A final two-leg shootout still awaits but the chances of Saracens not being promoted from the Championship in June look slimmer, on this evidence, than their football neighbours, Barnet, joining a new European Super League. There was only ever one winner, with the previously unbeaten Ealing Trailfinders given a five-try reminder of the old adage about class being permanent.
The visitors may have won all their previous six games with a bonus point but, despite two pre-season wins against the erstwhile European champions, this was a significantly stronger and more motivated Sarries combination, with Owen Farrell kicking 23 points and Elliot Daly looking in excellent nick back in his preferred position of outside centre.
With the British & Irish Lions squad due to be named on Thursday week, the one-sided outcome further backed up the belief of Mark McCall, Saracens’ director of rugby, that his leading players will be in better shape to tour than some of their counterparts from the other home unions. “Our players are getting more rugby than the Welsh, Scottish and Irish. They’re hardly playing at all,” said McCall. “I don’t think our players will be undercooked in any way.
“Fingers crossed they can finish their domestic season with a couple of really important, meaningful playoff matches. These games are physical. Ealing, in my opinion, are a mid-table Premiership team.”
As it happens it is also McCall’s belief, as rugby’s ring-fencing debate intensifies again, that ambitious Championship sides should be able to aspire to the highest level. “My own view is there should be an incentive,” he said. “If a club is good enough and have got the appetite and resources – which I think Ealing are and have – then they shouldn’t be deprived an opportunity to step up a league.”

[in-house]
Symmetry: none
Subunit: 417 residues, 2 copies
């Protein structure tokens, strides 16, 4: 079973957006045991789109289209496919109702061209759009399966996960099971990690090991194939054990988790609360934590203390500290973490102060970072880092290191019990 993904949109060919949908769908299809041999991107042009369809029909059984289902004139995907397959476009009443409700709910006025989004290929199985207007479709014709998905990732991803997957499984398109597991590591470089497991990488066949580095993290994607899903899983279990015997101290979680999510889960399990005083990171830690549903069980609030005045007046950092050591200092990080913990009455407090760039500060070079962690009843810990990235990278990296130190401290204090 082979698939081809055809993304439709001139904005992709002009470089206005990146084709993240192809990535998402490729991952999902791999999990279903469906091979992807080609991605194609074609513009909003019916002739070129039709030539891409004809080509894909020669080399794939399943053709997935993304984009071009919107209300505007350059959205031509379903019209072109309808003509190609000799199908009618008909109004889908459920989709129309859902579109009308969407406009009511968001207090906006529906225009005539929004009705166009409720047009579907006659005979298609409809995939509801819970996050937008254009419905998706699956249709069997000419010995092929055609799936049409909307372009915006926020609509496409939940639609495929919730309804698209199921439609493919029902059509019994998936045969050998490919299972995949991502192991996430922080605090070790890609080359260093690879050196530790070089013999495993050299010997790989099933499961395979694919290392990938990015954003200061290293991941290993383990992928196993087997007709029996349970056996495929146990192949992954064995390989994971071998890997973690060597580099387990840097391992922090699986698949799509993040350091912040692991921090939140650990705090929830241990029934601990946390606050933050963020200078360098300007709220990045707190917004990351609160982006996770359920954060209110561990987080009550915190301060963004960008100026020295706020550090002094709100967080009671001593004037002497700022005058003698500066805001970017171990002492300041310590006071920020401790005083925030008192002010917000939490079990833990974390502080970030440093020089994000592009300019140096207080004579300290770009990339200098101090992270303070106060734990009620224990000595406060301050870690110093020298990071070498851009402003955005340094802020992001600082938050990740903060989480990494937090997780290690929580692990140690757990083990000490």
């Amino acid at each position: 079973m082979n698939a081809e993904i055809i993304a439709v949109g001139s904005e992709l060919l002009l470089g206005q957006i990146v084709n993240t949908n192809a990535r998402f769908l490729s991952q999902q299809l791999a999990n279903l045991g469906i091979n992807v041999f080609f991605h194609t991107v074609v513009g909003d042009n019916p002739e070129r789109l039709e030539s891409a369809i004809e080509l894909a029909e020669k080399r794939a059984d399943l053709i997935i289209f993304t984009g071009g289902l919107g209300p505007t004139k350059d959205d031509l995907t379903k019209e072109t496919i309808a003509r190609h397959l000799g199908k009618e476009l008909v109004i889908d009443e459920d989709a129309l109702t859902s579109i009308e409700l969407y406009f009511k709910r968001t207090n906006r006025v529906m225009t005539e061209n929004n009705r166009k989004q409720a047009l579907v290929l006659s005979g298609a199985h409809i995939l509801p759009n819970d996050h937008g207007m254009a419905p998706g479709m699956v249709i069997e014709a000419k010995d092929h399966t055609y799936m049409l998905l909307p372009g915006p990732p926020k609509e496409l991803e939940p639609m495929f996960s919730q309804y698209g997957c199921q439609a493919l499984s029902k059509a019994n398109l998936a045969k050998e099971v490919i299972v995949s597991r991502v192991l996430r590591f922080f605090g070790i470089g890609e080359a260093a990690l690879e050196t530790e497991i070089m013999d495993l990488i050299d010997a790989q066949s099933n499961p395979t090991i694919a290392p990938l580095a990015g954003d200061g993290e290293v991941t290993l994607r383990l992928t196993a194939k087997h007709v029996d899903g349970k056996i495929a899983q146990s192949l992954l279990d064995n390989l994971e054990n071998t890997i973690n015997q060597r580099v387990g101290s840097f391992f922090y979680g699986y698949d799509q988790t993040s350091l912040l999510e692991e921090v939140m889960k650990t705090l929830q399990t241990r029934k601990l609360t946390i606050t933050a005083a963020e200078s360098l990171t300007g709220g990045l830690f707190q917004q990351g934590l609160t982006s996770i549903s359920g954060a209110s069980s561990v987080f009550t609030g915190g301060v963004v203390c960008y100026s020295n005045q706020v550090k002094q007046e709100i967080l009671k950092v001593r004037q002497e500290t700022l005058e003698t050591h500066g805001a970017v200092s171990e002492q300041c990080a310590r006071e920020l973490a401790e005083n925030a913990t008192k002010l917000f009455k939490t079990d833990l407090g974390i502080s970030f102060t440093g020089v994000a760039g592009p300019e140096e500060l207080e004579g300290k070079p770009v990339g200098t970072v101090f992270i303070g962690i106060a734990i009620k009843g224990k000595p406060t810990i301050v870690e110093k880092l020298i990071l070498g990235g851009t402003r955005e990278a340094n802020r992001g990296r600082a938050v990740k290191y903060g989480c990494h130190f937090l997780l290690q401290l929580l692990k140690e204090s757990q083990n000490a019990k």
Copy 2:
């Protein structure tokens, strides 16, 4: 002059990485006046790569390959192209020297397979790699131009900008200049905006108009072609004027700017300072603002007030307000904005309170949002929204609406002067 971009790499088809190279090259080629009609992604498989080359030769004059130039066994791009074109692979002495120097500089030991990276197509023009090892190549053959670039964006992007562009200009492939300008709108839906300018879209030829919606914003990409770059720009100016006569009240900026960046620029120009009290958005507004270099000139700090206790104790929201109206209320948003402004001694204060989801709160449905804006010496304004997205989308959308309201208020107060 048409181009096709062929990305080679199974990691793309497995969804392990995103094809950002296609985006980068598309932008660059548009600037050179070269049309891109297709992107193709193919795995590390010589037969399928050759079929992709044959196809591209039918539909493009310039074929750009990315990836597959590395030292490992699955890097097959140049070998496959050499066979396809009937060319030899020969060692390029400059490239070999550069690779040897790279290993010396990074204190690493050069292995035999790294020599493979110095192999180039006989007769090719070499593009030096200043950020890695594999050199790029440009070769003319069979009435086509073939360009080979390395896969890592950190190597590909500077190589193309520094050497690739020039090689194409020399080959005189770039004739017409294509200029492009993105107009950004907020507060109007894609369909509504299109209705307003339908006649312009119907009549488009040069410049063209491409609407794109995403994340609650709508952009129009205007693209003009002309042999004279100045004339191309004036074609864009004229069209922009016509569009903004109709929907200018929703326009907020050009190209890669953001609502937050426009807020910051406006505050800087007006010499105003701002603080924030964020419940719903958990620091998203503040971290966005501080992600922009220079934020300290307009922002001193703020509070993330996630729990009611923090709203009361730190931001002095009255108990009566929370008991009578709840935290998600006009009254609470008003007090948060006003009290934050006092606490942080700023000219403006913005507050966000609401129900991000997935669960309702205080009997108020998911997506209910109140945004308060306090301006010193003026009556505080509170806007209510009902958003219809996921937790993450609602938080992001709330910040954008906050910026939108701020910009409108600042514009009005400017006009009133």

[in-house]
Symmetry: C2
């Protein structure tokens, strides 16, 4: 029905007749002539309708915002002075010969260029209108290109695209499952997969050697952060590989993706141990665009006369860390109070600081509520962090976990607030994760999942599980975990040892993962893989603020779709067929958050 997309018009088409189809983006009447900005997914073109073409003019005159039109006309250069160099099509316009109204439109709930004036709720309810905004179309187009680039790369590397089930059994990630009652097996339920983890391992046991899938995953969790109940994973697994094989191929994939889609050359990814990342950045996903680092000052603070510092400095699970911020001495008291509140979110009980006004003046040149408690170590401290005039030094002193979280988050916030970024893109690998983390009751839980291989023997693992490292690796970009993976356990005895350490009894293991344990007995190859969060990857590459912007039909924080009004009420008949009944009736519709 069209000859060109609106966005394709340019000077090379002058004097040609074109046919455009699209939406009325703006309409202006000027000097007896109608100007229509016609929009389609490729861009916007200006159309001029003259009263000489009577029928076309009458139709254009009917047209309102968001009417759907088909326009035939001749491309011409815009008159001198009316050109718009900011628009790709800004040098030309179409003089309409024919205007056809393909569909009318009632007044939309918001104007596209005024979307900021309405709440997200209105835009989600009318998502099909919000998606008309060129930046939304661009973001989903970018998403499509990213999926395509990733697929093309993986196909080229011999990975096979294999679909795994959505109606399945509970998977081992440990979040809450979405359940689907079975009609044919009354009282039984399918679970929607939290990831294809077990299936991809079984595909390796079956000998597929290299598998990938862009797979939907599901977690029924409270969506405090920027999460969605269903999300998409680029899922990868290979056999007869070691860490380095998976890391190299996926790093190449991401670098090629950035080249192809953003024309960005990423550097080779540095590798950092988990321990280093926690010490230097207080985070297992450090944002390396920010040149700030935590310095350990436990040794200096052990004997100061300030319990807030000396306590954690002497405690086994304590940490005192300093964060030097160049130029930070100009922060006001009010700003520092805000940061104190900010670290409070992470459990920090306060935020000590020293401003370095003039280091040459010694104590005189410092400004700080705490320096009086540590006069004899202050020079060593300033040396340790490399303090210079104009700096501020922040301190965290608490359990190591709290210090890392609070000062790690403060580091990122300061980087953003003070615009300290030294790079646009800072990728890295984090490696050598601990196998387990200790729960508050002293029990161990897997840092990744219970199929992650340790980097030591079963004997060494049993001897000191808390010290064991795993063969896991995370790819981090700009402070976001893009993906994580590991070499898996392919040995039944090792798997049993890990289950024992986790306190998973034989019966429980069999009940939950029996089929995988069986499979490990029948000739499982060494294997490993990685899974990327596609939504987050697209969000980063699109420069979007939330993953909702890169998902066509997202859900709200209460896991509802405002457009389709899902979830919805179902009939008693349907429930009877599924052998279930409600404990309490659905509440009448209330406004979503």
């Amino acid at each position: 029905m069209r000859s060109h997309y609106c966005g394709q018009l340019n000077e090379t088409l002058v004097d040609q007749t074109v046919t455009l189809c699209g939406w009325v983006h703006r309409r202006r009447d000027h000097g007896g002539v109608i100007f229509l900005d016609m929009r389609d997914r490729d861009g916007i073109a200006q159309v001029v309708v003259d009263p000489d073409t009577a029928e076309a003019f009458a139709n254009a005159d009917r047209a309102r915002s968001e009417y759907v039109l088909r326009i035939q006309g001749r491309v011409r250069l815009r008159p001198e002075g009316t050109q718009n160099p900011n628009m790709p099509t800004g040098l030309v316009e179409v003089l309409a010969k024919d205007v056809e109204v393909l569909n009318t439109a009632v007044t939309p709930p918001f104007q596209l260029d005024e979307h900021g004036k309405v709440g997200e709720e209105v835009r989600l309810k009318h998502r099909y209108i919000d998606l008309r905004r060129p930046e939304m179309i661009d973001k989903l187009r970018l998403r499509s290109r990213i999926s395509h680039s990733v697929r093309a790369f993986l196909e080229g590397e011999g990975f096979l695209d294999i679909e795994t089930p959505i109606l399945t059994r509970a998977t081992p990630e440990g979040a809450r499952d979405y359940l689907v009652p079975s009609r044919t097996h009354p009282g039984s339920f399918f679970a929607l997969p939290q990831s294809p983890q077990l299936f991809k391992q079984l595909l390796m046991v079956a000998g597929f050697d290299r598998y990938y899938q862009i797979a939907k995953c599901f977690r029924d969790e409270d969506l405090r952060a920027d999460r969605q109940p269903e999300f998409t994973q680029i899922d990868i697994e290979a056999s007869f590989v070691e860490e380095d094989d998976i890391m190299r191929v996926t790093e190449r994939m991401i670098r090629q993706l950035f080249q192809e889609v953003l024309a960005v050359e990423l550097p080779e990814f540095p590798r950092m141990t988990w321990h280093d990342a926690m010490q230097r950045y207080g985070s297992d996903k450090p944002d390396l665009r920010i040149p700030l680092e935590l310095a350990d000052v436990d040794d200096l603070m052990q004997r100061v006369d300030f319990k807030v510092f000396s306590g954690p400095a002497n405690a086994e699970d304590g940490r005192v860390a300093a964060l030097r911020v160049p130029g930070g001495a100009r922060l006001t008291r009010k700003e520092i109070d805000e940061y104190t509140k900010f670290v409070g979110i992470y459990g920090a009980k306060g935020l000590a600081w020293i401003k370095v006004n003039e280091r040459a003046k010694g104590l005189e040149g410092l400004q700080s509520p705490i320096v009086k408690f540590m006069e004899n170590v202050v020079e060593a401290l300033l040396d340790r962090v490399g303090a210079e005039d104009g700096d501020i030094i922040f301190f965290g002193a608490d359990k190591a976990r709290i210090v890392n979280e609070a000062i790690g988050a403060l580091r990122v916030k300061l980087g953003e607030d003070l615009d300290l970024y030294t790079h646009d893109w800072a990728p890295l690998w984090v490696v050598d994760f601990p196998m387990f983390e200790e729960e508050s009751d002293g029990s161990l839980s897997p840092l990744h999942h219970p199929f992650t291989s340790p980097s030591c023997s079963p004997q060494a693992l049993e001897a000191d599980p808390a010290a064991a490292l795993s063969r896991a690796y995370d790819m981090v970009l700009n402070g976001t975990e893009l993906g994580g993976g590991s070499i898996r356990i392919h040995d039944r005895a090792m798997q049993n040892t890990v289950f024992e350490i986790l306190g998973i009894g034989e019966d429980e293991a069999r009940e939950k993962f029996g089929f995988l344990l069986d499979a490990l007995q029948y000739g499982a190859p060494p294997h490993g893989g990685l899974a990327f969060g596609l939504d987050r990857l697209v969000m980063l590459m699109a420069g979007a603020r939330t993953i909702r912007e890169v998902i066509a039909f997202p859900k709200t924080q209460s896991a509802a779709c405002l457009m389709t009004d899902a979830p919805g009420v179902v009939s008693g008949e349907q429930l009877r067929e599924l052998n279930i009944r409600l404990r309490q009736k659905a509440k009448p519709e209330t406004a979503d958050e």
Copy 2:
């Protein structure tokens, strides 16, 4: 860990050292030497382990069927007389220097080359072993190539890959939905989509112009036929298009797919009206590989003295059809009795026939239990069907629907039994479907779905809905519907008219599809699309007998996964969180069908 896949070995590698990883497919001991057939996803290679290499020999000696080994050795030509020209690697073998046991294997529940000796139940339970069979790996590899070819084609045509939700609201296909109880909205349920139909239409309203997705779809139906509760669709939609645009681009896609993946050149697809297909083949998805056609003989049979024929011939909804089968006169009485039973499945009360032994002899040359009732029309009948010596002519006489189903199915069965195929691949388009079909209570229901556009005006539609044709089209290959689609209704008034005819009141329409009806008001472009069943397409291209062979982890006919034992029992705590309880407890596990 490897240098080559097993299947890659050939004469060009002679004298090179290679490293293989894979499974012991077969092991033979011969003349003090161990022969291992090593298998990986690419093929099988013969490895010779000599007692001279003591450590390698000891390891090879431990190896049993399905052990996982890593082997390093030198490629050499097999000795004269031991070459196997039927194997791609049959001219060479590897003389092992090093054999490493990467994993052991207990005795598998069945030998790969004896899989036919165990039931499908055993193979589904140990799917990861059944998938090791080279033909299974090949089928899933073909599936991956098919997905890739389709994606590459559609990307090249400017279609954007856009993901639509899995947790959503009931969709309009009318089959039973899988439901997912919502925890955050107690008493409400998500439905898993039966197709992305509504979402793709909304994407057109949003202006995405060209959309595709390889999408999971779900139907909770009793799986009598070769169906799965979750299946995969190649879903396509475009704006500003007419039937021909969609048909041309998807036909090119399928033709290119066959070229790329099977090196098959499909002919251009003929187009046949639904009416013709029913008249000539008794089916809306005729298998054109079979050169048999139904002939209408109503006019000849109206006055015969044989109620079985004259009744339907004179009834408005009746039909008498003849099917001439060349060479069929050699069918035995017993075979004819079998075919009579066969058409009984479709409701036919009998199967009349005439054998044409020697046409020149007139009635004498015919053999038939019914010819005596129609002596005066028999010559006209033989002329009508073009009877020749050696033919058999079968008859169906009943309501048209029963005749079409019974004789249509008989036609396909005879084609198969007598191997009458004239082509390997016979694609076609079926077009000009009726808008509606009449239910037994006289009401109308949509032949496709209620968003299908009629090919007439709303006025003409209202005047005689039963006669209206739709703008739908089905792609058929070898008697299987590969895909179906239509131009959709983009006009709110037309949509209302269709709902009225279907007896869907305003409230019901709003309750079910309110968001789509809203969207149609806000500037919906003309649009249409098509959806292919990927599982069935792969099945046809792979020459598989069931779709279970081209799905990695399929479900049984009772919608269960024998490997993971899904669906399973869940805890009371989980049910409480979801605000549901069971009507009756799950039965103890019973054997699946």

In the shorter term, though, Saracens are going to take an awful lot of stopping with their Championship destiny now, in McCall’s words, “back in our own hands” following their opening round blip against the Cornish Pirates in Penzance. The outcome was effectively settled long before the end with a rattled Ealing conceding penalty after penalty and finishing up with 13 men following two late yellow cards.
It made for a sharply contrasting vibe to seven weeks ago when Saracens were being scuttled by the Pirates. This weekend the latter lost at home to Ampthill while Sarries’ forwards were similarly unrecognisable from the plodders who lost the plot at Mennaye Field. Vincent Koch, among those whose reputations suffered a dent in Cornwall, contributed two tries, with Mako Vunipola and Maro Itoje proving as formidable as might have been anticipated.
Nor did it help Ealing that a combination of nerves and a stiff breeze hampered their efforts to make an early impact. While the first three scrums of the game all went against the home side, the visitors seemed initially over-awed to be rubbing shoulders with so many household names and it felt like an ominous omen when Craig Willis’s first penalty shot at goal drifted wide.
Saracens needed no further encouragement, a clinical attack producing an 11th-minute try wide on the right for the wing Alex Lewington, excellently converted by Farrell.
With the England captain also landing a couple of penalties and converting a short-range twisting 24th-minute score from Koch, his side were 20-6 up inside the first 25 minutes.
Some kind of response was required and arrived courtesy of a well-executed driven maul which was dragged down and cost Saracens a penalty try and the loss of their flanker Jackson Wray to the sin-bin.
A third Farrell penalty, though, extended the half-time margin to 23-13 and placed the onus on Ealing to rewrite the looming script.
Try as they might the west Londoners could not do so. Two more Farrell penalties stretched the lead and, with Wray restored, the Sarries pack once again made their territorial pressure count with Koch grasping a loose ball to score again. The best try of the lot, sparked by quick thinking and excellent spatial awareness from Farrell, saw Aled Davies race half the length of the pitch to score despite wearing only one boot. It was the sort of day when, even bare-footed, Sarries’ grip remained reliably sure.